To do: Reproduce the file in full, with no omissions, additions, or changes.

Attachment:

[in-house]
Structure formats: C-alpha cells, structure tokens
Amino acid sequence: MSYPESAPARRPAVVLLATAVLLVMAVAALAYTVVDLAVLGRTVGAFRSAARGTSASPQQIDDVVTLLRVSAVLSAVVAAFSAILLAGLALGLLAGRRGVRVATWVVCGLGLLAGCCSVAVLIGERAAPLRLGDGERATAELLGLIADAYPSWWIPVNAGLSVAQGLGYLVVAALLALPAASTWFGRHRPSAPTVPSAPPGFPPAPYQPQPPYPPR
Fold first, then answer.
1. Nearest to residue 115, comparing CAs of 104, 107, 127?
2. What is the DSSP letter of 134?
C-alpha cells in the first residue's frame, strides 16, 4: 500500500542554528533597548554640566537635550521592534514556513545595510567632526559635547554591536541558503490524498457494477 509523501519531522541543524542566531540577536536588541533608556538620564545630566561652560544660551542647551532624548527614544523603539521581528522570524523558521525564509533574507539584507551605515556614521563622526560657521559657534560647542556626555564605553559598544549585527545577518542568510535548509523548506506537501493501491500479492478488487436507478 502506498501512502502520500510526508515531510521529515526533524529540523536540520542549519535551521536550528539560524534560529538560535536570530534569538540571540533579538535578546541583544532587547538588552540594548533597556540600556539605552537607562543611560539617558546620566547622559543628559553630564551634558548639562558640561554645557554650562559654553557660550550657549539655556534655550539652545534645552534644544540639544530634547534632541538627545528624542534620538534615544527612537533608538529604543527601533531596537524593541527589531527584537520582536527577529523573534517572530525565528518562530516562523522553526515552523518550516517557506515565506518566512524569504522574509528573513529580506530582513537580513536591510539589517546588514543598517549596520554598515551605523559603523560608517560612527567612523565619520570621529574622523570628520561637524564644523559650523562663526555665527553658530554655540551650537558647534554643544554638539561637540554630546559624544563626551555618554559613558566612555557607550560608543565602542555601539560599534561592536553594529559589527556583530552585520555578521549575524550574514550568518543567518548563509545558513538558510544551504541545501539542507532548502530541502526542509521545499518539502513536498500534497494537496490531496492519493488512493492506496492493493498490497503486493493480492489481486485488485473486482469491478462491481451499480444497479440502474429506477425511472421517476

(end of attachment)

[in-house]
Structure formats: C-alpha cells, structure tokens
Amino acid sequence: MSYPESAPARRPAVVLLATAVLLVMAVAALAYTVVDLAVLGRTVGAFRSAARGTSASPQQIDDVVTLLRVSAVLSAVVAAFSAILLAGLALGLLAGRRGVRVATWVVCGLGLLAGCCSVAVLIGERAAPLRLGDGERATAELLGLIADAYPSWWIPVNAGLSVAQGLGYLVVAALLALPAASTWFGRHRPSAPTVPSAPPGFPPAPYQPQPPYPPR
Fold first, then answer.
1. Nearest to residue 115, comparing CAs of 104, 107, 127?
2. What is the DSSP letter of 134?
C-alpha cells in the first residue's frame, strides 16, 4: 500500500542554528533597548554640566537635550521592534514556513545595510567632526559635547554591536541558503490524498457494477 509523501519531522541543524542566531540577536536588541533608556538620564545630566561652560544660551542647551532624548527614544523603539521581528522570524523558521525564509533574507539584507551605515556614521563622526560657521559657534560647542556626555564605553559598544549585527545577518542568510535548509523548506506537501493501491500479492478488487436507478 502506498501512502502520500510526508515531510521529515526533524529540523536540520542549519535551521536550528539560524534560529538560535536570530534569538540571540533579538535578546541583544532587547538588552540594548533597556540600556539605552537607562543611560539617558546620566547622559543628559553630564551634558548639562558640561554645557554650562559654553557660550550657549539655556534655550539652545534645552534644544540639544530634547534632541538627545528624542534620538534615544527612537533608538529604543527601533531596537524593541527589531527584537520582536527577529523573534517572530525565528518562530516562523522553526515552523518550516517557506515565506518566512524569504522574509528573513529580506530582513537580513536591510539589517546588514543598517549596520554598515551605523559603523560608517560612527567612523565619520570621529574622523570628520561637524564644523559650523562663526555665527553658530554655540551650537558647534554643544554638539561637540554630546559624544563626551555618554559613558566612555557607550560608543565602542555601539560599534561592536553594529559589527556583530552585520555578521549575524550574514550568518543567518548563509545558513538558510544551504541545501539542507532548502530541502526542509521545499518539502513536498500534497494537496490531496492519493488512493492506496492493493498490497503486493493480492489481486485488485473486482469491478462491481451499480444497479440502474429506477425511472421517476